Gigantic School of Mobula Rays – Amazing video

An amazing video of titled Gigantic School of Rays from National Geographic. A record-breaking school of mobula rays has arrived off the coast of Baja California. Some of them are even flying over the sea surface!

A record-breaking school of mobula rays has arrived off the coast of Baja.

It’s not uncommon for these amazing marine animals to perform incredible surface acrobatics. High jumps, twists, turns and belly flops are all part of their show, as shown in the video above. They tend to swim in schools of a hundred or more fish, especially while feeding.


Mobula is a genus of ray in the family Mobulidae found worldwide in tropical and warm temperate seas. Batoidea is a superorder of cartilaginous fish commonly known as rays and skates, approximately 560 described species in thirteen families. In the video above, most of them are over 2 meters from tip to tip, as explained in the video.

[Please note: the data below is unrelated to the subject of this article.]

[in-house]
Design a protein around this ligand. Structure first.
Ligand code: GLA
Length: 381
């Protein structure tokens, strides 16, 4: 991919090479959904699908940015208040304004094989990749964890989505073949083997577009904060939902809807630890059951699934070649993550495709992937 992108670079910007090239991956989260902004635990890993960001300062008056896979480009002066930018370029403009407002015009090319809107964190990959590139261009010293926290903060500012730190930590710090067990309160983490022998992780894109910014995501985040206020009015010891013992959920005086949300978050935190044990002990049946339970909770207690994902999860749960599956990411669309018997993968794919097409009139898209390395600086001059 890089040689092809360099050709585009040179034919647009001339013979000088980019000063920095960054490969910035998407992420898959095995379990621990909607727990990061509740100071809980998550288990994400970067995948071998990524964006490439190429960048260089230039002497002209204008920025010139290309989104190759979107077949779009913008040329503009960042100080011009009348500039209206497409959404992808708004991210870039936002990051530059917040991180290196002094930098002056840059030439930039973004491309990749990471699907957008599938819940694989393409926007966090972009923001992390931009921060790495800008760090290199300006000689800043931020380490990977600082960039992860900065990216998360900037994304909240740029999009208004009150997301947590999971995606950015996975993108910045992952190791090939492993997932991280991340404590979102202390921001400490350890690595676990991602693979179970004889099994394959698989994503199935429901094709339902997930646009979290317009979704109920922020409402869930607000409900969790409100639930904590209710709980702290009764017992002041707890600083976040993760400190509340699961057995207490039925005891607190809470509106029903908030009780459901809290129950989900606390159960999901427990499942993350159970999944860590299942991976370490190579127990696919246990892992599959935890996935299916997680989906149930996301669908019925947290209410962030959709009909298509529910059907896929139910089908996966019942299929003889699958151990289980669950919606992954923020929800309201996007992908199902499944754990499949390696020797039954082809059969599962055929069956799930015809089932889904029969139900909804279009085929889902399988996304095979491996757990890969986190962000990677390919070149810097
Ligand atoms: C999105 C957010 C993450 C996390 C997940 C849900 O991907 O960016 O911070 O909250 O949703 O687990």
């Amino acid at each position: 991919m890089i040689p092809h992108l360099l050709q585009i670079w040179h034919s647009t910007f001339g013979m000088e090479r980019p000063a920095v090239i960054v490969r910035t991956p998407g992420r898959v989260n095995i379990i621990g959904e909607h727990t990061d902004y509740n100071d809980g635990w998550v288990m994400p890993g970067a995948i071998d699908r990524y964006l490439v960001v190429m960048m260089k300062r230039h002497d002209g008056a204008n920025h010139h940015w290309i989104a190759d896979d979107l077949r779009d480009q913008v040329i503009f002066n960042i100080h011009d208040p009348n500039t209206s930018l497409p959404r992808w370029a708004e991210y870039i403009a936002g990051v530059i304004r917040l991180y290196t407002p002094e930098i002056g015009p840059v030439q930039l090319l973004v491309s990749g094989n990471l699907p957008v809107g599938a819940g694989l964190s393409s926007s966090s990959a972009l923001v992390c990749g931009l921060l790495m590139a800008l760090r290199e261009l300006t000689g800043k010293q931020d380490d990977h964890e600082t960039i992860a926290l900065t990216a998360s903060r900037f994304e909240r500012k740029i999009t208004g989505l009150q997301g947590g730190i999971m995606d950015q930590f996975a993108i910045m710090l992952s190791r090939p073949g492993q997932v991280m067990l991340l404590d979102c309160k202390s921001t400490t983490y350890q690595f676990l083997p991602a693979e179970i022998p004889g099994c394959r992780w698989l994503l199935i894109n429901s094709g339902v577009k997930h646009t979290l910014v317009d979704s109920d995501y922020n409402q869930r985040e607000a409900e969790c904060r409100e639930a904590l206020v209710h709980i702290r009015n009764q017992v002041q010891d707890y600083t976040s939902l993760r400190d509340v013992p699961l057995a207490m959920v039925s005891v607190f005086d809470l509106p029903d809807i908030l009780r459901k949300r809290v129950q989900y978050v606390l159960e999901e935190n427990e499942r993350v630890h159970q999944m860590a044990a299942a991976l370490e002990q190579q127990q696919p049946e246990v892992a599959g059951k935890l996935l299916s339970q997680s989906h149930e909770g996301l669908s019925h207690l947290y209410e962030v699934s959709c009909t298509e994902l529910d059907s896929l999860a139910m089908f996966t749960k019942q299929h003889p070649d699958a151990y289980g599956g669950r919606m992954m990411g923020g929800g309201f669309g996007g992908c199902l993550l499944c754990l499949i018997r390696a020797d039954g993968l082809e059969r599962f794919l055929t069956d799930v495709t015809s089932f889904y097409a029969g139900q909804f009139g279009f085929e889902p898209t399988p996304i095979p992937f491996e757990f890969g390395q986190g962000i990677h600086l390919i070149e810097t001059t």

Most Batoidea species live on the sea floor, in a variety of geographical regions — many in coastal waters, few live in deep waters to at least 3,000 meters (9,800 ft), most batoids have a somewhat cosmopolitan distribution, in tropical and subtropical marine environments, temperate or cold-water species. Only a few species, like manta rays, live in the open sea, and only a few live in freshwater.

Mobula is a genus of ray in the family Myliobatidae (eagle rays). They are referred to as “eagle rays”, or “flying mobula” or simply “flying rays”, due to their propensity for breaching, sometimes in a spectacular manner. Mobula rays in the Gulf of California (Sea of Cortés) have been reported to reach as high as 2 meters above the sea.

A flying mobula ray at Baja California coast
A flying ray at Baja California coast
Mobula rays breaching
Mobula rays breaching


M. Özgür Nevres

I am a software developer, an ex-road racing cyclist, and a science enthusiast. Also an animal lover! I write about the planet Earth and science on this website, You can check out my social media profiles by clicking on their icons.

Latest posts by M. Özgür Nevres (see all)

Leave a Reply

This site uses Akismet to reduce spam. Learn how your comment data is processed.